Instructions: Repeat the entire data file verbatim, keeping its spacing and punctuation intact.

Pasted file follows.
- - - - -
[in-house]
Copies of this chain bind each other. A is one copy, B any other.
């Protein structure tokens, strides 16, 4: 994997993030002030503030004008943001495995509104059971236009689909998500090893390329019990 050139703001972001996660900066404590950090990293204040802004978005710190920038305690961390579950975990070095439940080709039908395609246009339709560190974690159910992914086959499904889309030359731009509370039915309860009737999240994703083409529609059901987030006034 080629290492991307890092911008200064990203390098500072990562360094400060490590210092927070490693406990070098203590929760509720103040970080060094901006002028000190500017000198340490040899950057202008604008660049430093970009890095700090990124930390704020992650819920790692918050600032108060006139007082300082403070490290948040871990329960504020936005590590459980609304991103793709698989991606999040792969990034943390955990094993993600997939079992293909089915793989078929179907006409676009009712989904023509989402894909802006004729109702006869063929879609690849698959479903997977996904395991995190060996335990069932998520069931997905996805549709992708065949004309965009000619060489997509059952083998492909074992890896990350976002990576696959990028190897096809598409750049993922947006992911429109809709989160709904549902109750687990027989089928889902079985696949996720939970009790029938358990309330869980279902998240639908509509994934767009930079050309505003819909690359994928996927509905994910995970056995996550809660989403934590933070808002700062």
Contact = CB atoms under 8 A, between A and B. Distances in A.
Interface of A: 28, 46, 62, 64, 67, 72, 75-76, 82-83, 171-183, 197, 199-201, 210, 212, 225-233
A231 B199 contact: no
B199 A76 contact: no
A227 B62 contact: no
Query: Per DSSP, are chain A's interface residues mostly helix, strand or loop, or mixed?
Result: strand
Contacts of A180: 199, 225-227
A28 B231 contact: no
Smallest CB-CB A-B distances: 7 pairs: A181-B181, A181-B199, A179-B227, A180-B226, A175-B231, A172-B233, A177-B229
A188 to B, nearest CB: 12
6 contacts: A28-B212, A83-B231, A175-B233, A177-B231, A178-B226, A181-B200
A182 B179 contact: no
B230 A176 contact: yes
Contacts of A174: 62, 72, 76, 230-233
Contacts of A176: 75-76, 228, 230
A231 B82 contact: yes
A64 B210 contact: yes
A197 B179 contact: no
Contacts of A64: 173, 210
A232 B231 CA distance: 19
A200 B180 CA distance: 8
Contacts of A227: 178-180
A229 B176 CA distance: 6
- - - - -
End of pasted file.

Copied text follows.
[in-house]
Copies of this chain bind each other. A is one copy, B any other.
């Protein structure tokens, strides 16, 4: 994997993030002030503030004008943001495995509104059971236009689909998500090893390329019990 050139703001972001996660900066404590950090990293204040802004978005710190920038305690961390579950975990070095439940080709039908395609246009339709560190974690159910992914086959499904889309030359731009509370039915309860009737999240994703083409529609059901987030006034 080629290492991307890092911008200064990203390098500072990562360094400060490590210092927070490693406990070098203590929760509720103040970080060094901006002028000190500017000198340490040899950057202008604008660049430093970009890095700090990124930390704020992650819920790692918050600032108060006139007082300082403070490290948040871990329960504020936005590590459980609304991103793709698989991606999040792969990034943390955990094993993600997939079992293909089915793989078929179907006409676009009712989904023509989402894909802006004729109702006869063929879609690849698959479903997977996904395991995190060996335990069932998520069931997905996805549709992708065949004309965009000619060489997509059952083998492909074992890896990350976002990576696959990028190897096809598409750049993922947006992911429109809709989160709904549902109750687990027989089928889902079985696949996720939970009790029938358990309330869980279902998240639908509509994934767009930079050309505003819909690359994928996927509905994910995970056995996550809660989403934590933070808002700062």
Contact = CB atoms under 8 A, between A and B. Distances in A.
Interface of A: 28, 46, 62, 64, 67, 72, 75-76, 82-83, 171-183, 197, 199-201, 210, 212, 225-233
A231 B199 contact: no
B199 A76 contact: no
A227 B62 contact: no
Query: Per DSSP, are chain A's interface residues mostly helix, strand or loop, or mixed?
Result: strand
Contacts of A180: 199, 225-227
A28 B231 contact: no
Smallest CB-CB A-B distances: 7 pairs: A181-B181, A181-B199, A179-B227, A180-B226, A175-B231, A172-B233, A177-B229
A188 to B, nearest CB: 12
6 contacts: A28-B212, A83-B231, A175-B233, A177-B231, A178-B226, A181-B200
A182 B179 contact: no
B230 A176 contact: yes
Contacts of A174: 62, 72, 76, 230-233
Contacts of A176: 75-76, 228, 230
A231 B82 contact: yes
A64 B210 contact: yes
A197 B179 contact: no
Contacts of A64: 173, 210
A232 B231 CA distance: 19
A200 B180 CA distance: 8
Contacts of A227: 178-180
A229 B176 CA distance: 6